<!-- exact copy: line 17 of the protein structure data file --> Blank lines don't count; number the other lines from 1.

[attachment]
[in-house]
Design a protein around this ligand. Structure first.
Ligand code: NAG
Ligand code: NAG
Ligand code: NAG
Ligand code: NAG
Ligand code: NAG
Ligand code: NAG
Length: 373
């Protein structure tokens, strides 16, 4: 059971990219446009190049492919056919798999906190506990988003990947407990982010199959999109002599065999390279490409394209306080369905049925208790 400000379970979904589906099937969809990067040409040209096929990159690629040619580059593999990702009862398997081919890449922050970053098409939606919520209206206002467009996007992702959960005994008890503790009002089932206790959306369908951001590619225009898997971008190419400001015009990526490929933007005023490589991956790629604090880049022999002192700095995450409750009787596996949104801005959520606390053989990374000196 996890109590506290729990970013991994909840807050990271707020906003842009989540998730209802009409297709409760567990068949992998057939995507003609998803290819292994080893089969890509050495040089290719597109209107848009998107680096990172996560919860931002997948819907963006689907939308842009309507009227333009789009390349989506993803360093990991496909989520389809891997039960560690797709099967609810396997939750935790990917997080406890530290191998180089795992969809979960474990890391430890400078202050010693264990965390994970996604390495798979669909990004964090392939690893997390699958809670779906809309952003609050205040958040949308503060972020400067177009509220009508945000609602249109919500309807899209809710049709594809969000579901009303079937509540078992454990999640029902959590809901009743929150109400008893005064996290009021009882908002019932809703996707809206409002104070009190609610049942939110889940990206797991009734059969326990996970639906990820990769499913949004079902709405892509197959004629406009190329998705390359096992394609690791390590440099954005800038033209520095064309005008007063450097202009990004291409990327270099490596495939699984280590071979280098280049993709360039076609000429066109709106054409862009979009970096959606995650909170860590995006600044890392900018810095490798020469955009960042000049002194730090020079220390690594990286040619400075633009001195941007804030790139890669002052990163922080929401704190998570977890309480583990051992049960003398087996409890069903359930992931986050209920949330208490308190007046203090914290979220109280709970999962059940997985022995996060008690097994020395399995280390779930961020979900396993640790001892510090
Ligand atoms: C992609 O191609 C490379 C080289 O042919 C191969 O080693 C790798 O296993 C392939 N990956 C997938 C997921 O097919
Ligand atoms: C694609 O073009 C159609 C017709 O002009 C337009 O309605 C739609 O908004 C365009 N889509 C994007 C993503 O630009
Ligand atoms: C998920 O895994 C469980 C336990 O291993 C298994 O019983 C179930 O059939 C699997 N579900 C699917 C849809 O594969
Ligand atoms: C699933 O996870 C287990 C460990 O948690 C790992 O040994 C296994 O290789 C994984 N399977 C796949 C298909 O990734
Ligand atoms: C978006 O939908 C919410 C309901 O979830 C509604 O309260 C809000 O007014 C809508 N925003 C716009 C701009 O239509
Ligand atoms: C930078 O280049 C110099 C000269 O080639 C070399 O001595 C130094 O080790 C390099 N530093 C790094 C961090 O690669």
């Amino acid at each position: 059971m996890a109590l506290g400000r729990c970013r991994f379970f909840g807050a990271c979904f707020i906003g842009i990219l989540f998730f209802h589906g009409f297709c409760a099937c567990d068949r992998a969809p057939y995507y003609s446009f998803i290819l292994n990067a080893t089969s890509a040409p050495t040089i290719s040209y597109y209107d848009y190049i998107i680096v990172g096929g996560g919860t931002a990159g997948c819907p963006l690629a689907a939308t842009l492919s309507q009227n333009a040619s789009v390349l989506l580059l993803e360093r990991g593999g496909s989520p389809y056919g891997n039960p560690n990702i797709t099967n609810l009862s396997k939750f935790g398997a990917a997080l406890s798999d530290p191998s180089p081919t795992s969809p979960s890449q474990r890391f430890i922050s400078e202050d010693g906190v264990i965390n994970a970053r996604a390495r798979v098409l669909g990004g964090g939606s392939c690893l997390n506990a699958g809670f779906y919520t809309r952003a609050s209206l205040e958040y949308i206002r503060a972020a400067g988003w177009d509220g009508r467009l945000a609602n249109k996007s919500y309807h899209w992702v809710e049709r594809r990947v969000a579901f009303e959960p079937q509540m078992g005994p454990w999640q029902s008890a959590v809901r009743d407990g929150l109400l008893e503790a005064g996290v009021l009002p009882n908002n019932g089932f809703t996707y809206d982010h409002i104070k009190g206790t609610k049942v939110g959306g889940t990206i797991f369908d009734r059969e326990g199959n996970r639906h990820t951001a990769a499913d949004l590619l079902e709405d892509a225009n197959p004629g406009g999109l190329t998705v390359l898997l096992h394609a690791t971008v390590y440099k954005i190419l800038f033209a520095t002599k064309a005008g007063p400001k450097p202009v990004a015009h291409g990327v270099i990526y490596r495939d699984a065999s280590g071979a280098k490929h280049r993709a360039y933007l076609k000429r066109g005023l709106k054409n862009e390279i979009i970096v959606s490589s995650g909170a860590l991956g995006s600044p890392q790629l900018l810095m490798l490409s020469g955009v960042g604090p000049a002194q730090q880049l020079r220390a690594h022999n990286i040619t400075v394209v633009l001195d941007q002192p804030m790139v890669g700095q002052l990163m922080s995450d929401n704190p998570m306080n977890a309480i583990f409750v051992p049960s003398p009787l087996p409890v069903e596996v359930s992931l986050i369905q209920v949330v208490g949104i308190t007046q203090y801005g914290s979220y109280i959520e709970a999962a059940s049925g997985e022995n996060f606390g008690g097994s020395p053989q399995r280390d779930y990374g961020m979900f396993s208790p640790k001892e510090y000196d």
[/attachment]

């Amino acid at each position: 059971m996890a109590l506290g400000r729990c970013r991994f379970f909840g807050a990271c979904f707020i906003g842009i990219l989540f998730f209802h589906g009409f297709c409760a099937c567990d068949r992998a969809p057939y995507y003609s446009f998803i290819l292994n990067a080893t089969s890509a040409p050495t040089i290719s040209y597109y209107d848009y190049i998107i680096v990172g096929g996560g919860t931002a990159g997948c819907p963006l690629a689907a939308t842009l492919s309507q009227n333009a040619s789009v390349l989506l580059l993803e360093r990991g593999g496909s989520p389809y056919g891997n039960p560690n990702i797709t099967n609810l009862s396997k939750f935790g398997a990917a997080l406890s798999d530290p191998s180089p081919t795992s969809p979960s890449q474990r890391f430890i922050s400078e202050d010693g906190v264990i965390n994970a970053r996604a390495r798979v098409l669909g990004g964090g939606s392939c690893l997390n506990a699958g809670f779906y919520t809309r952003a609050s209206l205040e958040y949308i206002r503060a972020a400067g988003w177009d509220g009508r467009l945000a609602n249109k996007s919500y309807h899209w992702v809710e049709r594809r990947v969000a579901f009303e959960p079937q509540m078992g005994p454990w999640q029902s008890a959590v809901r009743d407990g929150l109400l008893e503790a005064g996290v009021l009002p009882n908002n019932g089932f809703t996707y809206d982010h409002i104070k009190g206790t609610k049942v939110g959306g889940t990206i797991f369908d009734r059969e326990g199959n996970r639906h990820t951001a990769a499913d949004l590619l079902e709405d892509a225009n197959p004629g406009g999109l190329t998705v390359l898997l096992h394609a690791t971008v390590y440099k954005i190419l800038f033209a520095t002599k064309a005008g007063p400001k450097p202009v990004a015009h291409g990327v270099i990526y490596r495939d699984a065999s280590g071979a280098k490929h280049r993709a360039y933007l076609k000429r066109g005023l709106k054409n862009e390279i979009i970096v959606s490589s995650g909170a860590l991956g995006s600044p890392q790629l900018l810095m490798l490409s020469g955009v960042g604090p000049a002194q730090q880049l020079r220390a690594h022999n990286i040619t400075v394209v633009l001195d941007q002192p804030m790139v890669g700095q002052l990163m922080s995450d929401n704190p998570m306080n977890a309480i583990f409750v051992p049960s003398p009787l087996p409890v069903e596996v359930s992931l986050i369905q209920v949330v208490g949104i308190t007046q203090y801005g914290s979220y109280i959520e709970a999962a059940s049925g997985e022995n996060f606390g008690g097994s020395p053989q399995r280390d779930y990374g961020m979900f396993s208790p640790k001892e510090y000196d």